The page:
The bacteria Escherichia coli is located in the small intestine of piglets, both sick and healthy, where it proliferates between 3 and 10 days after weaning, causing digestive problems of varying intensity and duration depending on multiple associated factors. Feeding of piglets during lactation and in the days after weaning is one of the main risk factors that trigger proliferation and, therefore, one of the main targets of prevention and control measures; even more so in this time and age, where we must make responsible and safe use of antibiotics, while at the same time, considering to stop the inclusion of colistin and zinc oxide in the feed.
In these days after weaning, the intestinal transit is slower and there is a gastric stasis, which gives digestive flora the opportunity to multiply and attack the digestive mucosa. Incorrect environmental and handling conditions also modify the intestinal transit time.
There is an important correlation between the digestive immune system, that produces 2/3 of the immune defence cells at this stage, and the development of certain digestive pathologies. In the same way, the balance of the digestive flora determines a better immune response. The intestinal flora is established 48 hours after piglets birth and it evolves during lactation, leading to considerable changes in the first week after weaning. The alteration of the saprophyte digestive ecosystem will be the basis of digestive disorders.
It is essential to take into account that many of the digestive problems of piglets, in the weeks after weaning, have their origin in causes not related to E. coli, and that are mentioned below (Table 1), and those should be considered globally:
Table 1. Global approach to post-weaning diarrhoea in piglets.
|C. perfringens||Coronavirus||Ascaris suum||Fat||Downtime|
|L. intracellularis||SRRPv||Trichuris suis||Starch||Environment|
The objective of this brief work is to review what can be done to minimize the risk of post-weaning diarrhoea. We will refer to the practical measures that we apply in our daily work with good results. Those measures, listed below, must be considered as a whole and never individually:
- Related to the breeding sow:
- Adequate feeding curve in gestation to minimize the number of low-weight piglets and to obtain a good development of the embryonic-foetal digestive system.
- Maximize feed consumption in lactating sows to improve milk production and, consequently, piglets’ weight at weaning.
- Minimize the use of oral antibiotics and use probiotics during gestation and lactation to have a balanced microflora that the sow will also transmit to their piglets.
- Strict All-In- All-Out in farrowing rooms and flat decks. Washing with hot water and detergent, use of disinfectants that are rotated minimum once a year, and a minimum downtime with no animals in the room (5 days) and previous drying.
- Environmental conditions within the piglets’ comfort range (cold is the first cause of diarrhoea). High temperatures reduce consumption in the first two weeks, increasing the risk of diarrhoea due to lack of nutrients to cover maintenance and thermo regulation needs.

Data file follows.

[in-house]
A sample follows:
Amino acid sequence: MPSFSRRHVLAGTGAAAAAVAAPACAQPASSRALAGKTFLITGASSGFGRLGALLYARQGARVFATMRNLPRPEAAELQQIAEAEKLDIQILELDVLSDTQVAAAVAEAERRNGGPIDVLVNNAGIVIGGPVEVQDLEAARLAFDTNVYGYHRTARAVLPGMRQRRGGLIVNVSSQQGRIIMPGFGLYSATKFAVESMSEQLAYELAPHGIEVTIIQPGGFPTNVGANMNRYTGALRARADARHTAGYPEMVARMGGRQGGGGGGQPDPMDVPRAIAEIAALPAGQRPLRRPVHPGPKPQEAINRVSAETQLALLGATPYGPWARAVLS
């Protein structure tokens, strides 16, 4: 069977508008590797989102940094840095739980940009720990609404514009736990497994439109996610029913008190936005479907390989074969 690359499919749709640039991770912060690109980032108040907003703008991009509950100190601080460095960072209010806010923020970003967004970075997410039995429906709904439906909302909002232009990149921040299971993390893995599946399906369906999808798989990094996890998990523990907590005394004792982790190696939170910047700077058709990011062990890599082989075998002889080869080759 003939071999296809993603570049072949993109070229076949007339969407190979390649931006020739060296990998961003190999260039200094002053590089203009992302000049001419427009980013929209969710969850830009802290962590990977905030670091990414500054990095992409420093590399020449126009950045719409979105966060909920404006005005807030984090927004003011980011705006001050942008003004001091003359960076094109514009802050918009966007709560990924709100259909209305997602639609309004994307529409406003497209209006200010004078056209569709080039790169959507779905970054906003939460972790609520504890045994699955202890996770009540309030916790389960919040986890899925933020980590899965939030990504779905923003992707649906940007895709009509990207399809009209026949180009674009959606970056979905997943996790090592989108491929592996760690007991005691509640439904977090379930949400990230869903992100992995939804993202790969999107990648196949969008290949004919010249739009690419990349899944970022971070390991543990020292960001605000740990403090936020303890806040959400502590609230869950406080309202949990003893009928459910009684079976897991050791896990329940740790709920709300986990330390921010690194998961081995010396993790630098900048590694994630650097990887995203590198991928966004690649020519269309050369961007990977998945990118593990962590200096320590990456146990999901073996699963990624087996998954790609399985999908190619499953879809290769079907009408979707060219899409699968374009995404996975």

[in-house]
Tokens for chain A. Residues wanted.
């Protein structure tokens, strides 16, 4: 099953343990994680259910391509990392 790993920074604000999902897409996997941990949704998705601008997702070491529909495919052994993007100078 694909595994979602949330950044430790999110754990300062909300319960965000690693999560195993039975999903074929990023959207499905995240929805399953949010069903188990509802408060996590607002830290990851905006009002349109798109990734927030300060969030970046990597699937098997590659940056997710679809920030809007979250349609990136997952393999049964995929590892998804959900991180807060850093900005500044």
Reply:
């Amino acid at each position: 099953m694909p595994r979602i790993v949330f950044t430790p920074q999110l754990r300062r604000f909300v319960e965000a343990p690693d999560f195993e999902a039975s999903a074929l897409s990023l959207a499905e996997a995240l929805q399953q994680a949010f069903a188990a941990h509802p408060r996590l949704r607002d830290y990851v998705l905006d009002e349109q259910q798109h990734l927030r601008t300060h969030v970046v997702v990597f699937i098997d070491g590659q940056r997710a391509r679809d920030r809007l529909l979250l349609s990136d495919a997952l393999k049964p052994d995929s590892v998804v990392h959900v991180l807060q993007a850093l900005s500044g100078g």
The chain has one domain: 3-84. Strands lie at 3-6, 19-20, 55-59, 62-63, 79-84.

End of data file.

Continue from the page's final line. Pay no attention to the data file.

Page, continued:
- Drinking water: critical point to prevent diarrhoea. High quality, both microbiological and physical-chemical, is essential. Also the water temperature. A reduction in consumption will lead to lower feed consumption. Correct flow rate and water pressure.
- Adequate number and types (dishes, hoppers) of feeding points (feeders and drinkers). It is important to have an adequate feed management as regards age / weight, quantities/time and presentation (meal/ pellet quality), in addition to particle size.
- Respect the density (number of piglets per batch and per square meter). Faecal-oral is the most common transmission route for GI infectious agents.
- Use of specific vaccines against E. coli (fimbriae and toxoids of choice) and/or Clostridium spp.
- Feed protein: Monitor its level —avoid both excesses and deficiencies— and its quality —it must have a high biological value/digestibility (plasma, fish, egg...) and a suitable balance of digestible amino-acids.
- Dietary Fibre: Adequate levels that reduce the production of diamines in the colon during protein metabolism.
- High digestibility carbohydrates: A combination of properly extruded cereals, since hydrolysis of sugars by α-amylase is not always complete. The resistant sugars that enter the caecum and the colon are degraded by the flora into energy sources (volatile fatty acids) that allow the proliferation of pathogens.
- Quality fats: low oxidative level and high digestibility.
- Exogenous digestive enzymes (alpha galactosidase, amylase, glucanases, peptidase, xylanases). The response of the digestive flora to the addition of enzymes partly depends on the state of the piglets’ original flora in relation to feed digestibility, especially, digestibility of the feed essential nutrients.
- Diets formulated with a low buffer capacity, mainly considering the calcium levels (correct digestible calcium / phosphorus ratio) and electrolyte balance (attention to the levels of sodium, chlorine and potassium) in the final feed. The use of minerals in organic form allows the reduction of ash levels.
- Inclusion of organic acids and essential oils that reduce microbial fermentations, favouring the proliferation of saprophytic flora and helping in the regulation of the final pH.
- The use of prebiotics (MOS, inulin, oligofructose) that potentiate the selective growth of bifidobacteria in the small intestine and reduce the concentration of faecal coliforms, also improves basal mucosal immunity, which is so important between week 3 and 6 of life.
- As regards the incorporation of certain probiotics, essential oils, nucleotides, conjugated linoleic acid, phytobiotics, etc., to make their incorporation profitable, when required, each of them needs to be studied in detail, as well as the practical conditions of use in each of our production systems.